What was playing over the loud speaker was the pre-produced tracks."
The star herself, speaking before her show at the Smirnoff Music Center in Dallas claimed she was singing even though people were "thinking Im lip-synching." Well, according to The Dallas Morning News, maybe she was vocalizing, but her microphone was not picking up her singing, a fact that became obvious when her tape broke during the concert, leaving nothing to speculate about except the quality of the dead air.
Inside Editions report also questioned whether super star Janet Jackson uses pre-recorded lead vocals at her live performances. One "anonymous" former record executive claimed that while sitting in the front row for one of her concerts, he watched her count dance steps with her lips while her singing voice played over the public address system. She herself conceded in 1998 that she used some taped vocals to augment her live ones. But she refused to say what percentage of her concert voice is taped and how much is live. No spokesperson for Janet Jackson had any comment to Inside Editions inquiries. No one seems to be talking, or at least mouthing the words through the truthful, non-synthesized side of their mouths.
Not every singer accused of faking it actually is. On her 1990 Blonde Ambition tour, Madonna developed a lip-synching reputation. She drastically changed her act, however, on her subsequent tours. A recent HBO concert found her singing throughout the show. She compromised by standing mostly still during her toughest singing parts and left the dancing to her back-up troupe. When she did dance, her singing was at a minimum and her back up vocalists filled in the gap. Many younger stars should, but dont follow her example.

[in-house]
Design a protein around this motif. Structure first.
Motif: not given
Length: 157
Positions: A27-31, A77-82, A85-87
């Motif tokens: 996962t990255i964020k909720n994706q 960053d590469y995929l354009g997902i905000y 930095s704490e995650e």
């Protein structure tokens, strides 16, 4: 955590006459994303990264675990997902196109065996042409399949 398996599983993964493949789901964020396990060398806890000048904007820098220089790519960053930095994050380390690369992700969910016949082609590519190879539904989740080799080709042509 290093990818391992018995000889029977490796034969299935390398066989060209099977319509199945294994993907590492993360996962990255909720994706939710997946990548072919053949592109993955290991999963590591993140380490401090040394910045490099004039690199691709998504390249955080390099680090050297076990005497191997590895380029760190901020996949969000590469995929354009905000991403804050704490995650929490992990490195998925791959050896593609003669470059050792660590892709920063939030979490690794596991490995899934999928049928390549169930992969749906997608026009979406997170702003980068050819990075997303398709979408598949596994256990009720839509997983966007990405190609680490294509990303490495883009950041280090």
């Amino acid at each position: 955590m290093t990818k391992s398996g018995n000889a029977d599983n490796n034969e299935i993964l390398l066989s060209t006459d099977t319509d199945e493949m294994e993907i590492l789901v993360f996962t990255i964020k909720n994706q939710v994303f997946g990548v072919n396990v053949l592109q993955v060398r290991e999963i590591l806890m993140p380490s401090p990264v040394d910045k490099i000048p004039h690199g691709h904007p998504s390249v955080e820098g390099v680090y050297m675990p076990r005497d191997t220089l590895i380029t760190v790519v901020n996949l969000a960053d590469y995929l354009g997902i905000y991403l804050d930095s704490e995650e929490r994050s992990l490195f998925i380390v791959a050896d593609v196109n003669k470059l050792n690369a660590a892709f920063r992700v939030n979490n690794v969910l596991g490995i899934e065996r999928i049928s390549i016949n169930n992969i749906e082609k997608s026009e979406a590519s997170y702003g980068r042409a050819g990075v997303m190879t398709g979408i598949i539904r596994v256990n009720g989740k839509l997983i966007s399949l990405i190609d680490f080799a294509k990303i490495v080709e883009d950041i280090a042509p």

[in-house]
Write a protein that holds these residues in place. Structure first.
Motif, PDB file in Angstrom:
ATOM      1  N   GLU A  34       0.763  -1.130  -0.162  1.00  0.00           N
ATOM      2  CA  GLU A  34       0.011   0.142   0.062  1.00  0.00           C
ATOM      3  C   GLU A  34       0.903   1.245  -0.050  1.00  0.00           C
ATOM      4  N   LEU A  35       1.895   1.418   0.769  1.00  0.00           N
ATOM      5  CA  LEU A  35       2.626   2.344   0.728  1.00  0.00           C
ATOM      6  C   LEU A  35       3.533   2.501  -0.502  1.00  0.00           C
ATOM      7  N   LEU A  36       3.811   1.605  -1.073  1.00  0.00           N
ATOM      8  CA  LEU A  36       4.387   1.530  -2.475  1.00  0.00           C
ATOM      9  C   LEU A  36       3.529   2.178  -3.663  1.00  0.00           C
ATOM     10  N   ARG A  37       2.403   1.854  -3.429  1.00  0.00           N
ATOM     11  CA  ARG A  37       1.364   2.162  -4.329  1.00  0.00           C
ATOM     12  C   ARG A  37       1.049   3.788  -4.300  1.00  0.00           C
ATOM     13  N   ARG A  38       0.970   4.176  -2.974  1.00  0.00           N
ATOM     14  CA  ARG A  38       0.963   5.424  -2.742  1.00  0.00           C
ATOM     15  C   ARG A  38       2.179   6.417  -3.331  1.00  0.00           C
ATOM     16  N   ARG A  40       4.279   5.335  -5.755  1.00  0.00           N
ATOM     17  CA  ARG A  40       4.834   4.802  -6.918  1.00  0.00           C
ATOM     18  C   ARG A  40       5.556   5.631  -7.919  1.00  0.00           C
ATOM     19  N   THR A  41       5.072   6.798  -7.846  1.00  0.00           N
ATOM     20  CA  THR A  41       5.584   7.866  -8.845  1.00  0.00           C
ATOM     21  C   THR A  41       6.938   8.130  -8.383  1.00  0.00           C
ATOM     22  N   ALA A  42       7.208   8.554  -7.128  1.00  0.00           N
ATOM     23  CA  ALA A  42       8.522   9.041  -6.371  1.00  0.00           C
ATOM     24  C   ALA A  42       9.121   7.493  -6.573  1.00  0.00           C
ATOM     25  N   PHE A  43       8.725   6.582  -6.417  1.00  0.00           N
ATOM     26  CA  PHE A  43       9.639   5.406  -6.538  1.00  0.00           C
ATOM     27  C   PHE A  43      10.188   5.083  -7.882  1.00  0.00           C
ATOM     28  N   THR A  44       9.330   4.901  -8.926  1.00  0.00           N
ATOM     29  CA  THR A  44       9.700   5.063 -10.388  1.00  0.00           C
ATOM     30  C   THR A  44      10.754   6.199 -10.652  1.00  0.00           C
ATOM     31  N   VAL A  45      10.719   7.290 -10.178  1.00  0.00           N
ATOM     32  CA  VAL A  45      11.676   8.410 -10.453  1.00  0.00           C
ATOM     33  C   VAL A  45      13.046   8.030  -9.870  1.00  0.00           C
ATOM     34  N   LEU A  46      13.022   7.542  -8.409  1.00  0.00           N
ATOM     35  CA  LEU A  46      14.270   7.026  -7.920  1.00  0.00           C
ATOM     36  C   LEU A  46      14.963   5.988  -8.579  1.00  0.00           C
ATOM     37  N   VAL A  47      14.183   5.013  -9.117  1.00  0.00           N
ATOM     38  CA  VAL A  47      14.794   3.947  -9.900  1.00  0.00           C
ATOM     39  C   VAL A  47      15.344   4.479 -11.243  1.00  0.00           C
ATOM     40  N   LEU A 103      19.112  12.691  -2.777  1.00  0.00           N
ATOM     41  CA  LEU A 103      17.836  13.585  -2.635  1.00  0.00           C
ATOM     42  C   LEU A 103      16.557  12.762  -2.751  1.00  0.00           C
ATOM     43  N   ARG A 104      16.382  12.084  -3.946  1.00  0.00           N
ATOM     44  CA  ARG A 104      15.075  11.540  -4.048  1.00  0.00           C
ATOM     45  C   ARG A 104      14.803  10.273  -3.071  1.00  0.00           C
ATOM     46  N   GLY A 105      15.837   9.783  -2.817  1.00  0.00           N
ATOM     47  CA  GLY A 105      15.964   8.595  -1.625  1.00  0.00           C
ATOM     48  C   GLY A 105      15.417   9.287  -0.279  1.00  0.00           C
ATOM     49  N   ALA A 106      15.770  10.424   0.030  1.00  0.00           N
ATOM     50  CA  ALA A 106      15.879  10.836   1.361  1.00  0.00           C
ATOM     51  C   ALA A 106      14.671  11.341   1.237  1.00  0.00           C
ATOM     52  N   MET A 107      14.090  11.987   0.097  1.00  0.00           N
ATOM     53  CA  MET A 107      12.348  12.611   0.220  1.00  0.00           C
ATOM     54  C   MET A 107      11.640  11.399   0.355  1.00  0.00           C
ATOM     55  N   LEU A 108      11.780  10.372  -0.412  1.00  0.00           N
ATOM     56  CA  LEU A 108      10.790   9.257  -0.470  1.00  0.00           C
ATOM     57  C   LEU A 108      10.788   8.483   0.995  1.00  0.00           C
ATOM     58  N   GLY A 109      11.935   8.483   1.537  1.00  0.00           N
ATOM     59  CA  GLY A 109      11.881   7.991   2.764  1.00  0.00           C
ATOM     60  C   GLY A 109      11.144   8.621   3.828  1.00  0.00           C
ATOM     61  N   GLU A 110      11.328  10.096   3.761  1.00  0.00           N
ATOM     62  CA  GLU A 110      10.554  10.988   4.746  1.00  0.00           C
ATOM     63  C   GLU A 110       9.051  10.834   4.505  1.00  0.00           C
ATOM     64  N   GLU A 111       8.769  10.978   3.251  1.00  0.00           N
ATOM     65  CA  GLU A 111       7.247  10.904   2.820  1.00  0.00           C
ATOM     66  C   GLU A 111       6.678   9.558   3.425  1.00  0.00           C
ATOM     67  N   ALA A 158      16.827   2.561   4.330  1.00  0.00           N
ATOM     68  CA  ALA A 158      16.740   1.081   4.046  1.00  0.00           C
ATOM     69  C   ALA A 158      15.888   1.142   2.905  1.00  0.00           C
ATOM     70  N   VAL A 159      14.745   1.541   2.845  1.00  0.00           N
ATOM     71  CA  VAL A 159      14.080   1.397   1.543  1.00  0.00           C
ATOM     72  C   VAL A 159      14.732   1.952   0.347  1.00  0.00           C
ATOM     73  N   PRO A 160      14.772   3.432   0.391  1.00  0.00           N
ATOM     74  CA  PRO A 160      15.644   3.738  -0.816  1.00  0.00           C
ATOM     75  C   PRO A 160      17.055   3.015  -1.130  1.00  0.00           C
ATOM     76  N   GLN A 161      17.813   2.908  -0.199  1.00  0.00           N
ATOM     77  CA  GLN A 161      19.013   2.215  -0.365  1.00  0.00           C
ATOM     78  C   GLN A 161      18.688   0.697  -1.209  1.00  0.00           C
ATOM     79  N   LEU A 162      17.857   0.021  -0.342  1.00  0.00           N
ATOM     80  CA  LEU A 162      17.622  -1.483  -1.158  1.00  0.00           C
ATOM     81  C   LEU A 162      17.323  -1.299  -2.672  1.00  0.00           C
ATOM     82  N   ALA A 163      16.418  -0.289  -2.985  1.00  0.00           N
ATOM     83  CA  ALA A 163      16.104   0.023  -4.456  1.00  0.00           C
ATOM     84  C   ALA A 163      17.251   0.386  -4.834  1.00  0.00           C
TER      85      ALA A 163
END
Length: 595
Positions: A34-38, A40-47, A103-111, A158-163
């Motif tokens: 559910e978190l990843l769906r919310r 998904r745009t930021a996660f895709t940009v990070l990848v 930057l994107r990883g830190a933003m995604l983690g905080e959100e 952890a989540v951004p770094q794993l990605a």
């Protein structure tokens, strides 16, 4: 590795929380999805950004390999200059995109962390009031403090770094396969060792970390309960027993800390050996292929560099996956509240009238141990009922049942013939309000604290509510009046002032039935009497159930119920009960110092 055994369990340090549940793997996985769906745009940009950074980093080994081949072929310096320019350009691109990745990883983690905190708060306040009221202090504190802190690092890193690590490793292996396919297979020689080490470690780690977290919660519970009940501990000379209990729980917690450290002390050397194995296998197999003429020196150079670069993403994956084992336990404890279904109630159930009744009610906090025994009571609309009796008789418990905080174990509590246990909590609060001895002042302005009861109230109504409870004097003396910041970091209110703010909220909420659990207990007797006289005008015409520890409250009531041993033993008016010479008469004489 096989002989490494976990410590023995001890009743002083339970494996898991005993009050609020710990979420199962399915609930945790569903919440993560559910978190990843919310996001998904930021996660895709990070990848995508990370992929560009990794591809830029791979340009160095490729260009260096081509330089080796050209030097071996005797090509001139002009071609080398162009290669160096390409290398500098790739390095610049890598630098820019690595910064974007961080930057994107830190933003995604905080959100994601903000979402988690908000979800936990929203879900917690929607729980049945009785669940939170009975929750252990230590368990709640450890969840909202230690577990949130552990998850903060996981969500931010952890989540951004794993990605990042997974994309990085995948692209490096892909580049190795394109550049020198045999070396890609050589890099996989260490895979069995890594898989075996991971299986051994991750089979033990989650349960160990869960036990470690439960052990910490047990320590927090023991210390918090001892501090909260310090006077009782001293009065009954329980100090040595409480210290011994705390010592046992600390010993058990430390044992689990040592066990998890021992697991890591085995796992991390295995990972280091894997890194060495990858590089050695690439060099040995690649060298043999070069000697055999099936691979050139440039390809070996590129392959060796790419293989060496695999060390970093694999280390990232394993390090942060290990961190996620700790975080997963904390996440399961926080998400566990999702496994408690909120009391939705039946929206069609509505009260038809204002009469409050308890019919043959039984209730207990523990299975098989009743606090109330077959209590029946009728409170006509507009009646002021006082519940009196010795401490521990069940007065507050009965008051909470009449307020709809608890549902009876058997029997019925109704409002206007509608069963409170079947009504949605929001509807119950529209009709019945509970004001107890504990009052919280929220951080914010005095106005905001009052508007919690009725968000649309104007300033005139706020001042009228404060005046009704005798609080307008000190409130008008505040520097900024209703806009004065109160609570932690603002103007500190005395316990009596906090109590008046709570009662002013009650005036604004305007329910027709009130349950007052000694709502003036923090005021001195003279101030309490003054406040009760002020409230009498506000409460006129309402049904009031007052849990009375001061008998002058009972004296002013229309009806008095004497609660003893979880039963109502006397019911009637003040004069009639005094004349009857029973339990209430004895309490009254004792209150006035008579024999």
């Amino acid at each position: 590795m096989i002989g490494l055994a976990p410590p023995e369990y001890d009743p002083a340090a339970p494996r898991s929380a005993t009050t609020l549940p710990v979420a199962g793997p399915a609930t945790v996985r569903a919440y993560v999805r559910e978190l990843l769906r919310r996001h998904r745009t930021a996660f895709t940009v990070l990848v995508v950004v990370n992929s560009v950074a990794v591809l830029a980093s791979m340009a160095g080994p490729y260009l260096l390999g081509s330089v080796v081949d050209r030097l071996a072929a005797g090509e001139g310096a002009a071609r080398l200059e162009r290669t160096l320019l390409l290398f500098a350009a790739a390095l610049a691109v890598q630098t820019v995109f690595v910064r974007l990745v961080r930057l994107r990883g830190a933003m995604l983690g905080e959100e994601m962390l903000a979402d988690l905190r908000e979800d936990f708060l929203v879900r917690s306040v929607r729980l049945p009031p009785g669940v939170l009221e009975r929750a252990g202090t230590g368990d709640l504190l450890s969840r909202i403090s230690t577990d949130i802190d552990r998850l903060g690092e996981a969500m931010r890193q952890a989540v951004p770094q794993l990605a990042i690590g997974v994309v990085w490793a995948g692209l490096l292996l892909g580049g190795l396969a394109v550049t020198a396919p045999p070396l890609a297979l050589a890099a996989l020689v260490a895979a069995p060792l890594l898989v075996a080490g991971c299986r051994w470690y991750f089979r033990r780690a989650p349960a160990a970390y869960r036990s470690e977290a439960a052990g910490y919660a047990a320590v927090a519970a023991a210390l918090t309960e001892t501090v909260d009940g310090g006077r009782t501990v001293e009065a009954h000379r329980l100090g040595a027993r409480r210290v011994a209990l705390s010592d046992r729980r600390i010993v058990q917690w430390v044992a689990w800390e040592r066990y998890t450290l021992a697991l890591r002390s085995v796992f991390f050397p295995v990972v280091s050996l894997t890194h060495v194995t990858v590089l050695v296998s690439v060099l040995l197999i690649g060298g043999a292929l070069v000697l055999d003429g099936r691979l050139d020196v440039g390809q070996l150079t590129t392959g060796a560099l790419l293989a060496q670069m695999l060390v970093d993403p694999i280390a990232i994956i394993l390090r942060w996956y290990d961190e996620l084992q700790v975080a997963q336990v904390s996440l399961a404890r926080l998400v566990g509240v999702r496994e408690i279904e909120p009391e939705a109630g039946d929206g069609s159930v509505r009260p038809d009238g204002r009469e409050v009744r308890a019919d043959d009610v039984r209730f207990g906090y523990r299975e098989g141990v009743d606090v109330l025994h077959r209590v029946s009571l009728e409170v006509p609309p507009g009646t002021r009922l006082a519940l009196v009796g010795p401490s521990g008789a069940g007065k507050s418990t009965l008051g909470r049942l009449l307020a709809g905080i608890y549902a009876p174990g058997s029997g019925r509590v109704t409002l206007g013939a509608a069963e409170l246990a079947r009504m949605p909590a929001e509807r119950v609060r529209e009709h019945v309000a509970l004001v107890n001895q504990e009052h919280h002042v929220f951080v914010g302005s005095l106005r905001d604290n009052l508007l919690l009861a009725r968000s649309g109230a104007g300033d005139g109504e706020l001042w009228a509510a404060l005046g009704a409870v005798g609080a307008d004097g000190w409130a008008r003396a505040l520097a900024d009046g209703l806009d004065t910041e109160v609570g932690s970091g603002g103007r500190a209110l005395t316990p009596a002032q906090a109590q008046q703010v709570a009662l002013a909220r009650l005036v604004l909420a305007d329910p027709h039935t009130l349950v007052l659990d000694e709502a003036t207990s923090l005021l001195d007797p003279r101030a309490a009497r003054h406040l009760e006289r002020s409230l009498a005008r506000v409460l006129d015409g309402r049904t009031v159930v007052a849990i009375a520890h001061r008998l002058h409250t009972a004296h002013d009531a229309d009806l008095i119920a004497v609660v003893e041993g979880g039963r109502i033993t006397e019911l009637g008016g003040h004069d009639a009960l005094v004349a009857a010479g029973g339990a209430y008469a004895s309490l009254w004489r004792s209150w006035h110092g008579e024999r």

"Watching a canned show has become totally acceptable behavior and its bull," says John Mellencamp in a statement from The Dallas Morning News. "Its
the difference between watching a drama and a cartoon."
The entire matter reeks of the responsibility for truth in advertising. Professor Richard Barnett, who recently wrote a book on ethics in the music industry, says that "
fans should be let in on lip synching, so they can decide for themselves if they want to buy a ticket to those
.If I go to a concert, I want to know in advance
that its not going to be totally live."
The process of synthesized sound does not only involve lips that pretend to sing. Canned laughter was always a part of the background on many of the old television comedy shows of the 50s and 60s, including I Love Lucy, Here Come The Nelsons and Leave It to Beaver. Beyond the world of television and pop music however, sound synthesis is reaching new heights (or should we call them lows?). Inside Edition also discovered that the highly synchronized tap sounds echoing through the concert hall during the spectacular Irish step-dance show, Riverdance, are not live at all, but a recording. A spokesperson for Riverdance claims that the real sound of all those feet tapping is too hard to capture live. She added that the practice has been used on Broadway for years.
So what is the answer and why wont anyone speak? Not owning up to the issue seems to be the only indication of some shame being attached to it. Have fans sacrificed authenticity for perfection? If so, is it worth the price? In this dazzling age of pop, the question Is it live or is it Memorex? may remain unanswered. In some cases, not even their hairdresser can say for sure!